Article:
Hey, Destructoid. Sorry it's been a while since I've written anything; I got laid off, and was unemployed, and went home to Ottawa for a week, where I had precious little web time, then started a new job back in Montreal. In spite of this I spent a lot of time thinking about a few things that'll hopefully become articles in the near future. This post is also on mah real blag if you like looking at it with bigger text and more... green.
I, and many others, hate the state of review scores. 1UP was probably the best because it was completely arbitrary and subjective, and it wore that on its sleeve. They write their gut reactions, which I really appreciate. It's not about graphics and sound and gameplay as completely stupid separate categories coming into a terribly useless aggregate. Many other sites and publications have taken this sort of review to heart, but I still think there's something to the idea of breaking down the score and building your ultimate reaction from the sum of its parts.
To do this, I've invented a crackpot four-point review rubric. I can't say I thought about it that much; actually, while on the brink of sleep it came to mind and I texted the idea to my friend Angus and promptly fell asleep. And forgot about it. I may have already been unconscious. Hey, don't let that discount the idea though: at least one person thinks the lucid space between regular consciousness and batshit insanity is where the best ideas come from. I just use sleep because LSD is kinda illegal. I've given these four categories adorable disorder-based names that poke fun at things gamers are accused of having. Feel free to change them to less potentially offensive names if you're interested.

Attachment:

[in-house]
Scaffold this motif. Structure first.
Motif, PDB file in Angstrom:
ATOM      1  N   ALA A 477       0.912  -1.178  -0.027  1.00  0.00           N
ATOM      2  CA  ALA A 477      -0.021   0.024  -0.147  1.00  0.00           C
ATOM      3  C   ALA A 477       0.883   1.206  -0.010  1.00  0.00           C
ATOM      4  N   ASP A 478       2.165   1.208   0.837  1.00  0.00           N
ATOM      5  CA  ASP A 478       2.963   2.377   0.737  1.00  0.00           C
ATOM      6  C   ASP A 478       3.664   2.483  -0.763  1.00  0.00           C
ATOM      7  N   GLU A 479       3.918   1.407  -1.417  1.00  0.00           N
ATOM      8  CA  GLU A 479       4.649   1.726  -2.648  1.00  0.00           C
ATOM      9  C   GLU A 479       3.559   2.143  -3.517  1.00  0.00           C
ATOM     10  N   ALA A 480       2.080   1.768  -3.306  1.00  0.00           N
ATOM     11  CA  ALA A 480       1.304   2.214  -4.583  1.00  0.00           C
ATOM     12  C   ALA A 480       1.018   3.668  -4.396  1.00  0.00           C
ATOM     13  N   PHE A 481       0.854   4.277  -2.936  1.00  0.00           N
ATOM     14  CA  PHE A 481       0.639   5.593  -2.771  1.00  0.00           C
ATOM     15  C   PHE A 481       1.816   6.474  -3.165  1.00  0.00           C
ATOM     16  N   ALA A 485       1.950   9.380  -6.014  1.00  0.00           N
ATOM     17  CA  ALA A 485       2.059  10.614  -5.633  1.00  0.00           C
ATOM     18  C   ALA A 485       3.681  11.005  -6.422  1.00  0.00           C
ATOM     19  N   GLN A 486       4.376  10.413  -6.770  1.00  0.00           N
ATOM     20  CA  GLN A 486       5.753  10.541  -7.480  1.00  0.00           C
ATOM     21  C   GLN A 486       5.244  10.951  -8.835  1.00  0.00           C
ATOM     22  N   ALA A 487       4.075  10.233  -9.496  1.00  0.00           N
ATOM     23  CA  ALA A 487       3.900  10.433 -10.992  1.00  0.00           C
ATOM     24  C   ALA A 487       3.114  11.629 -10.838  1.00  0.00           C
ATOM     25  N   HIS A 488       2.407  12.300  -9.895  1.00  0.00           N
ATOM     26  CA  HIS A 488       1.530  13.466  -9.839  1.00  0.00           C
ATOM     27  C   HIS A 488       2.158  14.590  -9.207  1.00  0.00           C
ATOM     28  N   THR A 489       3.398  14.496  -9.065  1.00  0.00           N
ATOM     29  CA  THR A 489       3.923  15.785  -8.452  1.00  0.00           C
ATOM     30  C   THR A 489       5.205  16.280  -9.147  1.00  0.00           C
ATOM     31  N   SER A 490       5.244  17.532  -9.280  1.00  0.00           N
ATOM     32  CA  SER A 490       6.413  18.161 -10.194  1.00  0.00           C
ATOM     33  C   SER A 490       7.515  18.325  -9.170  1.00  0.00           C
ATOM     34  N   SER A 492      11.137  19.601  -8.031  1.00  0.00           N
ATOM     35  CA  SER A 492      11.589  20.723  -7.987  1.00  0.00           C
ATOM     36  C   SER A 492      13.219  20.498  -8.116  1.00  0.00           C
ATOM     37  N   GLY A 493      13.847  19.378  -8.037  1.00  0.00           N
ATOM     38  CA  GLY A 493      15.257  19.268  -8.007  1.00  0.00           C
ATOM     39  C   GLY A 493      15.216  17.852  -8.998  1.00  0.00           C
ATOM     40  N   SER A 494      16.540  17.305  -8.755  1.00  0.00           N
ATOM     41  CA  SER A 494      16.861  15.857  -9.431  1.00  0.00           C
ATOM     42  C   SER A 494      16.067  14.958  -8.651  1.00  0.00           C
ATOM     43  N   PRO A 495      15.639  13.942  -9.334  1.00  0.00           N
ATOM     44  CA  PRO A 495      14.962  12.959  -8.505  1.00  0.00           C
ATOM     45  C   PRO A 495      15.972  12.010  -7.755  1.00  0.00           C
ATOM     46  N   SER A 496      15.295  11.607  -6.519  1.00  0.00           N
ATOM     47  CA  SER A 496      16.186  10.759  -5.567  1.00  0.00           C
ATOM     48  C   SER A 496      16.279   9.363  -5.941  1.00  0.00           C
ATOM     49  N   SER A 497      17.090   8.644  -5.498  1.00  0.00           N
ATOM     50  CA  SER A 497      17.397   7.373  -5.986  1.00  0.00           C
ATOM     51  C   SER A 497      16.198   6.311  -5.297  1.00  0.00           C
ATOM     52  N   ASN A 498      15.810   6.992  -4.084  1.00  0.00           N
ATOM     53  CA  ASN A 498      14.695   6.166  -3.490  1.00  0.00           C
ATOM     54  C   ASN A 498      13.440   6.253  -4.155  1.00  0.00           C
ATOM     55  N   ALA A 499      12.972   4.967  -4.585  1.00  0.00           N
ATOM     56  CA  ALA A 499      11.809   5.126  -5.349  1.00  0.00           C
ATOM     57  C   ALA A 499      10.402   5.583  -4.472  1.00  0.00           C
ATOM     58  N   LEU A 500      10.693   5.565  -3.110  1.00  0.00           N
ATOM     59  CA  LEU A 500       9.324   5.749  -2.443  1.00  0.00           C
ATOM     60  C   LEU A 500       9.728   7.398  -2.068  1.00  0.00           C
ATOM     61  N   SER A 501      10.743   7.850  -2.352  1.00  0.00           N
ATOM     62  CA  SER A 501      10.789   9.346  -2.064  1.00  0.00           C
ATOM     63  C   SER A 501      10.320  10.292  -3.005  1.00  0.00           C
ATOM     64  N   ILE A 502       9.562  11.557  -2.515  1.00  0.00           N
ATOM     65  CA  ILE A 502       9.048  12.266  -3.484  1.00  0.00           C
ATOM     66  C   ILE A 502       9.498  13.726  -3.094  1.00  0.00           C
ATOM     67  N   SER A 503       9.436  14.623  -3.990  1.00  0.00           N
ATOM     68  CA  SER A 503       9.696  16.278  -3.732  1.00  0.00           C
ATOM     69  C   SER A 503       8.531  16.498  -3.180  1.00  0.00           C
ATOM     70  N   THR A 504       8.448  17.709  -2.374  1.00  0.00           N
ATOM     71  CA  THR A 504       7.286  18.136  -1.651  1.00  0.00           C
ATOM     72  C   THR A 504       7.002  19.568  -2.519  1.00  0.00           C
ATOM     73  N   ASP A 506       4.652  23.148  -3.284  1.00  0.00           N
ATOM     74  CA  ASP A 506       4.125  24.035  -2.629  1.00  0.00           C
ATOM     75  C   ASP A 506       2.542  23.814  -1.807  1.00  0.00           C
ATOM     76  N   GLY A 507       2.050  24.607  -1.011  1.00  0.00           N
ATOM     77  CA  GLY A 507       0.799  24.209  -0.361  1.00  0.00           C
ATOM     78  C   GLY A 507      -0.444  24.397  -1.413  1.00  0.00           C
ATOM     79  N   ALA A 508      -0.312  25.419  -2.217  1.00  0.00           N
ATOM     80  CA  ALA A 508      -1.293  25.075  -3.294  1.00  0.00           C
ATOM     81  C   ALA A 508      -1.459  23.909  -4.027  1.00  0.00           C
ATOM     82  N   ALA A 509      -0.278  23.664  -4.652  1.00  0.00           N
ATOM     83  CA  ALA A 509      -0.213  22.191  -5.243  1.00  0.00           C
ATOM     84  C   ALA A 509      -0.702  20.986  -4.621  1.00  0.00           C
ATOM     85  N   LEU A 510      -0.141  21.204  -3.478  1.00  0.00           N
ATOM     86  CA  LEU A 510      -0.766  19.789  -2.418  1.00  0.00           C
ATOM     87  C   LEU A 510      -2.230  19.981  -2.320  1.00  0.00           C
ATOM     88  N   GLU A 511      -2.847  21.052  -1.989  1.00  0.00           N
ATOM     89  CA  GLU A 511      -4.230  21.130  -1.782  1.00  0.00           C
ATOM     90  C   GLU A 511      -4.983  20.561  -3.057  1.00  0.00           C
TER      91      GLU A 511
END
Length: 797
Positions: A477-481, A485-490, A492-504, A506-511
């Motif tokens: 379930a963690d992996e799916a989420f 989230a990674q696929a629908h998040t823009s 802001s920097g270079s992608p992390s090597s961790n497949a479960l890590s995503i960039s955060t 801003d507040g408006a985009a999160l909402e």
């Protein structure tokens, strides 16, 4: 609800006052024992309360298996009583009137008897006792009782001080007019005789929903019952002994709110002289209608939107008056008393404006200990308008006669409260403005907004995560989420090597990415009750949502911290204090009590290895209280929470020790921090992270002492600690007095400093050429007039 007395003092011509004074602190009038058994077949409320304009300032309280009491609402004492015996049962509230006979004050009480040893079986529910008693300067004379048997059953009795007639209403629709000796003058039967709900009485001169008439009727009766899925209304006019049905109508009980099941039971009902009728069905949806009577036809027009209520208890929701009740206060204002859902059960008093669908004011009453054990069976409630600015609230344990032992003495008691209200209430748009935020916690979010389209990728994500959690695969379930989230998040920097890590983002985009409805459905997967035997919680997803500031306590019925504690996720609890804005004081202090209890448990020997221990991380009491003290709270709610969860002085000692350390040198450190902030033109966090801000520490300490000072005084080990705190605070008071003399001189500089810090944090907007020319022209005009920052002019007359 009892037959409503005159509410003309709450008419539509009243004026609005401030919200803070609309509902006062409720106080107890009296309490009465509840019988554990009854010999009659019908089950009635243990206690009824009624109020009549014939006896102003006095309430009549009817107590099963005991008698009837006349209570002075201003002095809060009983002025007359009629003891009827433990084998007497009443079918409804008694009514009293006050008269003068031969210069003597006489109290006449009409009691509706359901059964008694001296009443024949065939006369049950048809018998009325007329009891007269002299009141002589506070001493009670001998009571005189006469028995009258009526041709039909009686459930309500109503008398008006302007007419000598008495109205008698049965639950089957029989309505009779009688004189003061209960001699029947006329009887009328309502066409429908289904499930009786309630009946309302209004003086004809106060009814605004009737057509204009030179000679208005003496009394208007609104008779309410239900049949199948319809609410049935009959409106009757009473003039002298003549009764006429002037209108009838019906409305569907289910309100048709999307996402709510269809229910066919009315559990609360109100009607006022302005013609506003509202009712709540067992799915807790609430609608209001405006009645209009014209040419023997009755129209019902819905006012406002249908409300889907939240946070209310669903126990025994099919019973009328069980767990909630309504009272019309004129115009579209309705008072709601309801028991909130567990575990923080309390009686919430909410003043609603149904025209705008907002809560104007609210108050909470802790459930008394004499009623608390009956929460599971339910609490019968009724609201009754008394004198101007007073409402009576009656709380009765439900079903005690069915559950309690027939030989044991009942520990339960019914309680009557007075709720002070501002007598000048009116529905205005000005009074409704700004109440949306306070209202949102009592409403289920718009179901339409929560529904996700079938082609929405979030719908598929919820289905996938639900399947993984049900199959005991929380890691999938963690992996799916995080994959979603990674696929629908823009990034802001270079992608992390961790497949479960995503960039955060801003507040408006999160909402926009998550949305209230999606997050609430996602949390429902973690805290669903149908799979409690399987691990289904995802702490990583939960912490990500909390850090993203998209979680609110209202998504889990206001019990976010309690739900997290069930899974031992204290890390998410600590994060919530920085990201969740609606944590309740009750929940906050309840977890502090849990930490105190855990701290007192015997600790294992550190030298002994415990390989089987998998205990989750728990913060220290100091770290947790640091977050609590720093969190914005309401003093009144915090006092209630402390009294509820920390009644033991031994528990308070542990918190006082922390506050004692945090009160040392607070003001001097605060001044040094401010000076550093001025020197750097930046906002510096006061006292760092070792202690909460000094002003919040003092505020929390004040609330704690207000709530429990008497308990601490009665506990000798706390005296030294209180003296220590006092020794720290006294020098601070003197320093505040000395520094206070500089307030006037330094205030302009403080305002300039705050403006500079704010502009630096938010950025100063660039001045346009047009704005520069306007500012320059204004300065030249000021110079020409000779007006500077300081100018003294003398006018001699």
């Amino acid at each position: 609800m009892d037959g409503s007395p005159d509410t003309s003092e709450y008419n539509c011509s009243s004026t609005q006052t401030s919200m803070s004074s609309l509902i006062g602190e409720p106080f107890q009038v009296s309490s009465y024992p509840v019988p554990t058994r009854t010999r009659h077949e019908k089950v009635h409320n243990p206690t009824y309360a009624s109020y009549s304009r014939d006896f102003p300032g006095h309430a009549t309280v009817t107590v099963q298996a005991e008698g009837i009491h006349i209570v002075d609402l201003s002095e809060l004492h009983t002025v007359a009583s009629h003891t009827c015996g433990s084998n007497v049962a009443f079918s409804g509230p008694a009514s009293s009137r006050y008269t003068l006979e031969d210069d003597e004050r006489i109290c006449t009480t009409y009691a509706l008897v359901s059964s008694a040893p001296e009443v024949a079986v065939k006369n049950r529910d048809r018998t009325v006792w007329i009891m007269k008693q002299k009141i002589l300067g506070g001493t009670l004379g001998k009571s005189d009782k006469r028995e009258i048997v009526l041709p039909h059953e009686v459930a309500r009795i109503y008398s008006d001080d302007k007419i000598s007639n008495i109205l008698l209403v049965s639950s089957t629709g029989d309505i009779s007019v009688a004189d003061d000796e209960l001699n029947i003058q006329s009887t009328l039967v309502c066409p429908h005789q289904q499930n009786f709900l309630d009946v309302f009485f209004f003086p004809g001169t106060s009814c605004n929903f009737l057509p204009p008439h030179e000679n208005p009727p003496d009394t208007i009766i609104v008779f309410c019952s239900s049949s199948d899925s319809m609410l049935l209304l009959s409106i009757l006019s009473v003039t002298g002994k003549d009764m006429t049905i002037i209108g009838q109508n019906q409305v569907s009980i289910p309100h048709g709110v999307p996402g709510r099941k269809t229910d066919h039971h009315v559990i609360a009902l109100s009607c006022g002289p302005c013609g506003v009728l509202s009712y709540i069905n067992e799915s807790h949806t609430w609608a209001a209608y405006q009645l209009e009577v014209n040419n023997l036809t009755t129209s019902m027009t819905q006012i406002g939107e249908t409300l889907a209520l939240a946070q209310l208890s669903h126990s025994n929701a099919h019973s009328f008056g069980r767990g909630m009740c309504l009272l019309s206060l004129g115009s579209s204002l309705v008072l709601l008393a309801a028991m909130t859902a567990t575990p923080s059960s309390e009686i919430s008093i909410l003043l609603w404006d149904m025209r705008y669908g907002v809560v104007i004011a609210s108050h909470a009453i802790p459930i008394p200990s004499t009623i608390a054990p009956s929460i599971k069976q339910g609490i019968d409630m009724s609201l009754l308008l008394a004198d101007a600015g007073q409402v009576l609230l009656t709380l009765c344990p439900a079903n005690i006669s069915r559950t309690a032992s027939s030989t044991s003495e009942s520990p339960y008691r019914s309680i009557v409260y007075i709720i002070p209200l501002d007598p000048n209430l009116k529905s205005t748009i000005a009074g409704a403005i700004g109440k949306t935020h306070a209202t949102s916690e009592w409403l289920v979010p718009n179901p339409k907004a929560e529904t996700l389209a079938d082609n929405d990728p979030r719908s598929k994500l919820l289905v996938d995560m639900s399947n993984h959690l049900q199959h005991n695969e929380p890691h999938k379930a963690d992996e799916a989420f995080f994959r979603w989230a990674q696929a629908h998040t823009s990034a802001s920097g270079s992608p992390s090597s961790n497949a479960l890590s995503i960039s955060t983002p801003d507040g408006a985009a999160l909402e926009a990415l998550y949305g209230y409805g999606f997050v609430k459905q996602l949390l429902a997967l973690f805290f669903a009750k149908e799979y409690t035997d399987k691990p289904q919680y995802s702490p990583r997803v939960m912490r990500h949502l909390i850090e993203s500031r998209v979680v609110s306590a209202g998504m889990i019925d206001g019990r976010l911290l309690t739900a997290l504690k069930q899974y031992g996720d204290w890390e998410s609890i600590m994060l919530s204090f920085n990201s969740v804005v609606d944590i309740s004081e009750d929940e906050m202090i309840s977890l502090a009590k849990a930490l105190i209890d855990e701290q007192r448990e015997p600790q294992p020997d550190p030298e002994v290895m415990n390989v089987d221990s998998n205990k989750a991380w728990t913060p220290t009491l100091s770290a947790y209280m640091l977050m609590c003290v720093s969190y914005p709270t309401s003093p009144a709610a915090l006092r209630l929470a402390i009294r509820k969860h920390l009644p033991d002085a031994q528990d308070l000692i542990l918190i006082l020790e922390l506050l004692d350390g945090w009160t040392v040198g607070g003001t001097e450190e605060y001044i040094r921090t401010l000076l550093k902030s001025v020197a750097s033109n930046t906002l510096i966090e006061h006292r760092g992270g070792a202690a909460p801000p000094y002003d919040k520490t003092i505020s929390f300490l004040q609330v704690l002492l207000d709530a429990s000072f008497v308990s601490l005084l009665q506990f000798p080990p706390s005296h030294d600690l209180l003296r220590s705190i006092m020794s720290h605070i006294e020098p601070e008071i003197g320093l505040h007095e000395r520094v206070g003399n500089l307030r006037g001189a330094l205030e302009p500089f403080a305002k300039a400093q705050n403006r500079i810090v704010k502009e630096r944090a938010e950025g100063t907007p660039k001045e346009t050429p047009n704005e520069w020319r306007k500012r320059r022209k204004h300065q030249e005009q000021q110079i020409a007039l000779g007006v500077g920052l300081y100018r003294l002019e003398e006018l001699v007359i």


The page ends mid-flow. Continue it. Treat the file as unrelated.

The ADD measure is indicative of how immediately engaging the game is at all (or at least many) times. There are a lot of games I can think of that I simply didn't like as much as others due to this. A great example would be Fable II; there were far too many times where I found myself bored just because it would take so long for something interesting to happen. What counts as interesting can vary, as can what takes too long; getting from point a to point b might take twice as long in one game, but if the journey is intriguing enough, it doesn't matter. Now, don't get me wrong: a game can definitely have parts that are tedious and still get a five. The question is, how often is the tedium broken up? How much of the game's time does it dominate? Is the tedium rewarding? When it comes to Fable II, the answers to these questions were simply unsatisfactory.